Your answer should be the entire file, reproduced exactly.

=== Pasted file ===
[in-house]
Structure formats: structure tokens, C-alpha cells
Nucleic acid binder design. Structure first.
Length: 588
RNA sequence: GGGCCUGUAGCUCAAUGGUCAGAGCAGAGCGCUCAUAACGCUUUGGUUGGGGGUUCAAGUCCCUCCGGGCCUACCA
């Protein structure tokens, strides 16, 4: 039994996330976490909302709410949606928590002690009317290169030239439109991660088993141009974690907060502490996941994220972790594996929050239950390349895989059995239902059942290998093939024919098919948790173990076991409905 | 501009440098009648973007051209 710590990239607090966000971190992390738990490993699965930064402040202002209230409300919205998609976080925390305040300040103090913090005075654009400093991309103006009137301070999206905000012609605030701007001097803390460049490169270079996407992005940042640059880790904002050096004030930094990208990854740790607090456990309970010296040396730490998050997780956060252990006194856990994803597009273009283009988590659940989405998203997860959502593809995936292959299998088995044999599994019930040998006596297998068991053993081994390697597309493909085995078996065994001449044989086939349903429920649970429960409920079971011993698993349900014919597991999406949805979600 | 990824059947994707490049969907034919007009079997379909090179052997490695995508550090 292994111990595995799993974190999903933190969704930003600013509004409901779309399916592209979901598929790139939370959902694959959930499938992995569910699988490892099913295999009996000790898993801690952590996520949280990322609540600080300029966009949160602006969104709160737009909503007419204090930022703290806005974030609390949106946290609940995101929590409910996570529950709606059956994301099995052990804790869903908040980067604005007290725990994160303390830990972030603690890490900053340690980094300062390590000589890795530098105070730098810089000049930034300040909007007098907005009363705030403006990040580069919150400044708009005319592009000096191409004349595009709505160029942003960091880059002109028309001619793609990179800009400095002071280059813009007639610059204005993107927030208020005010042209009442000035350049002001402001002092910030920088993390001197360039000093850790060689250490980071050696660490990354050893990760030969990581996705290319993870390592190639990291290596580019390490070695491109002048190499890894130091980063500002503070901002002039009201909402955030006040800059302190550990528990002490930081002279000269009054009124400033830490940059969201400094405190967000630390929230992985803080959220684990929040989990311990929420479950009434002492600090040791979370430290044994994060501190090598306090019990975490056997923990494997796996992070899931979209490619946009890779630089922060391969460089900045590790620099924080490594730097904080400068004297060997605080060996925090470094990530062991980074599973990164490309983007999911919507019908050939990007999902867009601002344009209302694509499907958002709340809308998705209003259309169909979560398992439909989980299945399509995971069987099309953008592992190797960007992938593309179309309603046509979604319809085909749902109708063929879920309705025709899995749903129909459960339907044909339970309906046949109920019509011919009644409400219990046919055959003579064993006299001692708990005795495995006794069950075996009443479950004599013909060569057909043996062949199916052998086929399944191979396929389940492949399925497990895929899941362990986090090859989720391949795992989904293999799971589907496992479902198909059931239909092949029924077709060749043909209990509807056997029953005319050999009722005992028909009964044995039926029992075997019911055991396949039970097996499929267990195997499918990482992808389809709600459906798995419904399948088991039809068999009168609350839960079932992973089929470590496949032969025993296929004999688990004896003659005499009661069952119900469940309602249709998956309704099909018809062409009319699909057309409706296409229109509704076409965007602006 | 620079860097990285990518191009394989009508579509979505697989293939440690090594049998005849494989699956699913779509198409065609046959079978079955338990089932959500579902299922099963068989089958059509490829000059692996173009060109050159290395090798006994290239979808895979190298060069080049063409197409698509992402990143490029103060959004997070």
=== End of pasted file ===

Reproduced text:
[in-house]
Structure formats: structure tokens, C-alpha cells
Nucleic acid binder design. Structure first.
Length: 588
RNA sequence: GGGCCUGUAGCUCAAUGGUCAGAGCAGAGCGCUCAUAACGCUUUGGUUGGGGGUUCAAGUCCCUCCGGGCCUACCA
């Protein structure tokens, strides 16, 4: 039994996330976490909302709410949606928590002690009317290169030239439109991660088993141009974690907060502490996941994220972790594996929050239950390349895989059995239902059942290998093939024919098919948790173990076991409905 | 501009440098009648973007051209 710590990239607090966000971190992390738990490993699965930064402040202002209230409300919205998609976080925390305040300040103090913090005075654009400093991309103006009137301070999206905000012609605030701007001097803390460049490169270079996407992005940042640059880790904002050096004030930094990208990854740790607090456990309970010296040396730490998050997780956060252990006194856990994803597009273009283009988590659940989405998203997860959502593809995936292959299998088995044999599994019930040998006596297998068991053993081994390697597309493909085995078996065994001449044989086939349903429920649970429960409920079971011993698993349900014919597991999406949805979600 | 990824059947994707490049969907034919007009079997379909090179052997490695995508550090 292994111990595995799993974190999903933190969704930003600013509004409901779309399916592209979901598929790139939370959902694959959930499938992995569910699988490892099913295999009996000790898993801690952590996520949280990322609540600080300029966009949160602006969104709160737009909503007419204090930022703290806005974030609390949106946290609940995101929590409910996570529950709606059956994301099995052990804790869903908040980067604005007290725990994160303390830990972030603690890490900053340690980094300062390590000589890795530098105070730098810089000049930034300040909007007098907005009363705030403006990040580069919150400044708009005319592009000096191409004349595009709505160029942003960091880059002109028309001619793609990179800009400095002071280059813009007639610059204005993107927030208020005010042209009442000035350049002001402001002092910030920088993390001197360039000093850790060689250490980071050696660490990354050893990760030969990581996705290319993870390592190639990291290596580019390490070695491109002048190499890894130091980063500002503070901002002039009201909402955030006040800059302190550990528990002490930081002279000269009054009124400033830490940059969201400094405190967000630390929230992985803080959220684990929040989990311990929420479950009434002492600090040791979370430290044994994060501190090598306090019990975490056997923990494997796996992070899931979209490619946009890779630089922060391969460089900045590790620099924080490594730097904080400068004297060997605080060996925090470094990530062991980074599973990164490309983007999911919507019908050939990007999902867009601002344009209302694509499907958002709340809308998705209003259309169909979560398992439909989980299945399509995971069987099309953008592992190797960007992938593309179309309603046509979604319809085909749902109708063929879920309705025709899995749903129909459960339907044909339970309906046949109920019509011919009644409400219990046919055959003579064993006299001692708990005795495995006794069950075996009443479950004599013909060569057909043996062949199916052998086929399944191979396929389940492949399925497990895929899941362990986090090859989720391949795992989904293999799971589907496992479902198909059931239909092949029924077709060749043909209990509807056997029953005319050999009722005992028909009964044995039926029992075997019911055991396949039970097996499929267990195997499918990482992808389809709600459906798995419904399948088991039809068999009168609350839960079932992973089929470590496949032969025993296929004999688990004896003659005499009661069952119900469940309602249709998956309704099909018809062409009319699909057309409706296409229109509704076409965007602006 | 620079860097990285990518191009394989009508579509979505697989293939440690090594049998005849494989699956699913779509198409065609046959079978079955338990089932959500579902299922099963068989089958059509490829000059692996173009060109050159290395090798006994290239979808895979190298060069080049063409197409698509992402990143490029103060959004997070």